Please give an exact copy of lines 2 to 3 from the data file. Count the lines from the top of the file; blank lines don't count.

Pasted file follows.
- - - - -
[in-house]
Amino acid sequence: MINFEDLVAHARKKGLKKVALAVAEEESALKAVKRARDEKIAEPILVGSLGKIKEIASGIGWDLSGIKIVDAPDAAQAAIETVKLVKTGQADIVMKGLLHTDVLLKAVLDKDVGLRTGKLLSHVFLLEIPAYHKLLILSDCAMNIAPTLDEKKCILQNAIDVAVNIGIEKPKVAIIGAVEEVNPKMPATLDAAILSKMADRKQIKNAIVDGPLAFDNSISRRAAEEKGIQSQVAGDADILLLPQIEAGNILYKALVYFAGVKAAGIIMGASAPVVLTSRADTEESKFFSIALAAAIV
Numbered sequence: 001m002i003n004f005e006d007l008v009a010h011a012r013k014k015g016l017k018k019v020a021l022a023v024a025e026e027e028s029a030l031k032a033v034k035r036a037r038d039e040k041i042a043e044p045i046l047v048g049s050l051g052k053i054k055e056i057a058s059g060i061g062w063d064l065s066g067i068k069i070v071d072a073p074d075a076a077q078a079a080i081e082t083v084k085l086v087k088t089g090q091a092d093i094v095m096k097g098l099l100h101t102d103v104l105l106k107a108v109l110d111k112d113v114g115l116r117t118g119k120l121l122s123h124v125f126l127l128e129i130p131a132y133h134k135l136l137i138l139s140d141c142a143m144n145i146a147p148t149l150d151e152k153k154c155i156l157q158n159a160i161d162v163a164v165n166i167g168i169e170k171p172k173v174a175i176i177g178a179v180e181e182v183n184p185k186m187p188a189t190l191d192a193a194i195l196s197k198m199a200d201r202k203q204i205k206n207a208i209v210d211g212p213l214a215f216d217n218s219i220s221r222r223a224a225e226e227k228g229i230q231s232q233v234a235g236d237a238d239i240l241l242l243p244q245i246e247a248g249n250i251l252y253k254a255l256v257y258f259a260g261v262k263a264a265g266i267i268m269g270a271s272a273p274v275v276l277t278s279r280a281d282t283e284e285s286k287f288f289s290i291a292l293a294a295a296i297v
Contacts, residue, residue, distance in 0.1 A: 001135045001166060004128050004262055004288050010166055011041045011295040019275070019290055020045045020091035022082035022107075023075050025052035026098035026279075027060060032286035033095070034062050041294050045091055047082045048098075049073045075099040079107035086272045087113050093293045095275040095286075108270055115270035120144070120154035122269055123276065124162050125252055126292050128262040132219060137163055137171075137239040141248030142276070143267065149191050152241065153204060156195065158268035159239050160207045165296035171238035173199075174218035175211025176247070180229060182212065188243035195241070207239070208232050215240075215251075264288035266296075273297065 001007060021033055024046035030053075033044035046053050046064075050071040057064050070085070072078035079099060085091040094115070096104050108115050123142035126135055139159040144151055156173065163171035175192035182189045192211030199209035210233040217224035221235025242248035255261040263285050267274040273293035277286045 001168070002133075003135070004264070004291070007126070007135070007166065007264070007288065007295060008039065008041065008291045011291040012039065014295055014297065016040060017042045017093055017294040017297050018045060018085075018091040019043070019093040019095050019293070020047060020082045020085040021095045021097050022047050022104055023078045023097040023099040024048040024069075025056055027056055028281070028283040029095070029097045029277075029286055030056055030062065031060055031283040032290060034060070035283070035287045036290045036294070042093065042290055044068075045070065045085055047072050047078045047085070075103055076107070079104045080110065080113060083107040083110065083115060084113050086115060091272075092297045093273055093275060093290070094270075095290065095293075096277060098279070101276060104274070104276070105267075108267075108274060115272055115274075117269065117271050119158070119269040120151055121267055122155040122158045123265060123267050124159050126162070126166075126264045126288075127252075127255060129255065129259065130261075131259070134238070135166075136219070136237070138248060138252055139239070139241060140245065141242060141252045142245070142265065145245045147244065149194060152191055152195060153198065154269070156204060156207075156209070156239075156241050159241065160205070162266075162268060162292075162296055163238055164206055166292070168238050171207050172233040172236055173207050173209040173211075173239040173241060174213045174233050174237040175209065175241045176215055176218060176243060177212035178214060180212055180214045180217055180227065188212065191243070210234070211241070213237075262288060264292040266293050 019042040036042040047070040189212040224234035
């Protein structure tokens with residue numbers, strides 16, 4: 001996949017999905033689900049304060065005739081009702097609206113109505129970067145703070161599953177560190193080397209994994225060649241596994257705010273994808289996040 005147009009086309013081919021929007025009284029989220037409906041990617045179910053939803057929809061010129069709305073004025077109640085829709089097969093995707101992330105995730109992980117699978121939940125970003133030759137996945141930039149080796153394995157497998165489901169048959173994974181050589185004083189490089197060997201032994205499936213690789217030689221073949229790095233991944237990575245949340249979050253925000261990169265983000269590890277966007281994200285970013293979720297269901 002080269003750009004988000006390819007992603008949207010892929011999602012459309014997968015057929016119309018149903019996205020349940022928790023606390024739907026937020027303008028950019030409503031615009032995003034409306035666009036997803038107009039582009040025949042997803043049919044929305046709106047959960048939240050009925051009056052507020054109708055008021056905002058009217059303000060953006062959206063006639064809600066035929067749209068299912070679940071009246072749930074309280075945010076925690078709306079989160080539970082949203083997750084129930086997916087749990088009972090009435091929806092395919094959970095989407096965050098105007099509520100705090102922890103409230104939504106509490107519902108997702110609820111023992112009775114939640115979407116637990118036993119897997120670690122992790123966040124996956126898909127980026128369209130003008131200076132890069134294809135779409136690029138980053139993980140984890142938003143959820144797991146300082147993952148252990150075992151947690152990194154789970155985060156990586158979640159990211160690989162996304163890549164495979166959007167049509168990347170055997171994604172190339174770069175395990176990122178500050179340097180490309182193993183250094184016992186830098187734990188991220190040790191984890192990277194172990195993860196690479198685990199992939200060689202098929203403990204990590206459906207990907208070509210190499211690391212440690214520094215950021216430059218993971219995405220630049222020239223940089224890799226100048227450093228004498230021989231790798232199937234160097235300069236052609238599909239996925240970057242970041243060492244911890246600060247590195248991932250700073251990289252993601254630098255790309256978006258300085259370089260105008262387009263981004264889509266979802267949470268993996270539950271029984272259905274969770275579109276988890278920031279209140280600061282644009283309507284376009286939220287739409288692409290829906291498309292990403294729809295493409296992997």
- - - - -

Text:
Amino acid sequence: MINFEDLVAHARKKGLKKVALAVAEEESALKAVKRARDEKIAEPILVGSLGKIKEIASGIGWDLSGIKIVDAPDAAQAAIETVKLVKTGQADIVMKGLLHTDVLLKAVLDKDVGLRTGKLLSHVFLLEIPAYHKLLILSDCAMNIAPTLDEKKCILQNAIDVAVNIGIEKPKVAIIGAVEEVNPKMPATLDAAILSKMADRKQIKNAIVDGPLAFDNSISRRAAEEKGIQSQVAGDADILLLPQIEAGNILYKALVYFAGVKAAGIIMGASAPVVLTSRADTEESKFFSIALAAAIV
Numbered sequence: 001m002i003n004f005e006d007l008v009a010h011a012r013k014k015g016l017k018k019v020a021l022a023v024a025e026e027e028s029a030l031k032a033v034k035r036a037r038d039e040k041i042a043e044p045i046l047v048g049s050l051g052k053i054k055e056i057a058s059g060i061g062w063d064l065s066g067i068k069i070v071d072a073p074d075a076a077q078a079a080i081e082t083v084k085l086v087k088t089g090q091a092d093i094v095m096k097g098l099l100h101t102d103v104l105l106k107a108v109l110d111k112d113v114g115l116r117t118g119k120l121l122s123h124v125f126l127l128e129i130p131a132y133h134k135l136l137i138l139s140d141c142a143m144n145i146a147p148t149l150d151e152k153k154c155i156l157q158n159a160i161d162v163a164v165n166i167g168i169e170k171p172k173v174a175i176i177g178a179v180e181e182v183n184p185k186m187p188a189t190l191d192a193a194i195l196s197k198m199a200d201r202k203q204i205k206n207a208i209v210d211g212p213l214a215f216d217n218s219i220s221r222r223a224a225e226e227k228g229i230q231s232q233v234a235g236d237a238d239i240l241l242l243p244q245i246e247a248g249n250i251l252y253k254a255l256v257y258f259a260g261v262k263a264a265g266i267i268m269g270a271s272a273p274v275v276l277t278s279r280a281d282t283e284e285s286k287f288f289s290i291a292l293a294a295a296i297v